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Russia’s Central Bank Raises Rates to 15 Percent to Curb Inflation

Russia’s Central Bank on Friday raised its key interest rate by two percentage points to 15 percent, a bigger increase than expected as the bank said it was trying to bring down stubbornly high inflation.

The central bank, which said the annual inflation rate would range from 7 to 7.5 percent this year, predicted a long period of “tight monetary conditions” in order to bring the rate down close to its target of 4 percent.

Driving the price pressures is “steadily rising domestic demand,” the bank said in its statement, spurred by the Kremlin’s decision to inject more money into the economy as it fights a war in Ukraine.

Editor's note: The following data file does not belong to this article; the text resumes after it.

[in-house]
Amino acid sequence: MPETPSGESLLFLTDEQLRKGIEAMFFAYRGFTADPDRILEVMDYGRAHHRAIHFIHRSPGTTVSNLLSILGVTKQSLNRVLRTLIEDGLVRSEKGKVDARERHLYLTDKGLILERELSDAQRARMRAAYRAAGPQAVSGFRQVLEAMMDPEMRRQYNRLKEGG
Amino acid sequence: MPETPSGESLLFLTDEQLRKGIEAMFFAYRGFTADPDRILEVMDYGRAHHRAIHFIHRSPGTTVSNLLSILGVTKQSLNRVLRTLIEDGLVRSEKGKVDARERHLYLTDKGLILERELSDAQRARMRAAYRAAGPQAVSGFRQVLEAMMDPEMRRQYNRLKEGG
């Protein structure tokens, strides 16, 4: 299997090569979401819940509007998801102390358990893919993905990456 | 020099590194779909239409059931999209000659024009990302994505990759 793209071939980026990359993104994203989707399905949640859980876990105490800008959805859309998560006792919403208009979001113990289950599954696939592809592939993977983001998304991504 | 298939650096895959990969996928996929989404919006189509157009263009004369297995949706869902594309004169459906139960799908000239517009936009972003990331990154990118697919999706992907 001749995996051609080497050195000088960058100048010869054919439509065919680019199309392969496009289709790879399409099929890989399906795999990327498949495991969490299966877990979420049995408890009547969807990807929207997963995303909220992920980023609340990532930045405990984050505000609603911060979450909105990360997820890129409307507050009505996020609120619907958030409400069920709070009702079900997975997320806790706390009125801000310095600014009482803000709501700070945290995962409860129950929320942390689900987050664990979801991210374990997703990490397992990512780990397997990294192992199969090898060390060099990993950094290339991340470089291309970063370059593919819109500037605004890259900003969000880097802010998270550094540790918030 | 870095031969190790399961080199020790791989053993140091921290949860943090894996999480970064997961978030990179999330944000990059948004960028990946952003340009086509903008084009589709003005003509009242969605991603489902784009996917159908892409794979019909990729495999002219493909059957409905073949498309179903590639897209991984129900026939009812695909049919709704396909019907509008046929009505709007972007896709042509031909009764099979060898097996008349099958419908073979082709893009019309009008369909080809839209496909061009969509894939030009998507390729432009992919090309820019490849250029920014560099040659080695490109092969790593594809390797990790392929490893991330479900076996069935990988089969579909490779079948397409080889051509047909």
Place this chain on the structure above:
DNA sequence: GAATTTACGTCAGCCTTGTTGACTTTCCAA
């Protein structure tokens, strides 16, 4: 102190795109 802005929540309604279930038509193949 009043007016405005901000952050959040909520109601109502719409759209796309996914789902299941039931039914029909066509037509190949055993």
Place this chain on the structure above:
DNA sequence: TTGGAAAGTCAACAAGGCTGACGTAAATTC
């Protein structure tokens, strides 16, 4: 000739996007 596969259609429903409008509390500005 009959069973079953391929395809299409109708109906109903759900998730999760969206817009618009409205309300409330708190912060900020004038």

The surge in spending “is increasingly exceeding the capabilities to expand the production of goods and the provision of services,” the bank said.

At a news conference Friday, Elvira Nabiullina, the head of the Central Bank, said that increased government spending was one of the reasons for the interest rate increase. Russia’s defense budget has more than tripled since last year’s invasion of Ukraine, and it is scheduled to reach almost a third of the government’s spending next year.

Russia was largely successful at weathering the immediate storm produced by sanctions aimed at punishing it for the invasion. The restrictionsgreatly curtailed its lucrative trade with Western countries and largely isolated it from the global financial system.

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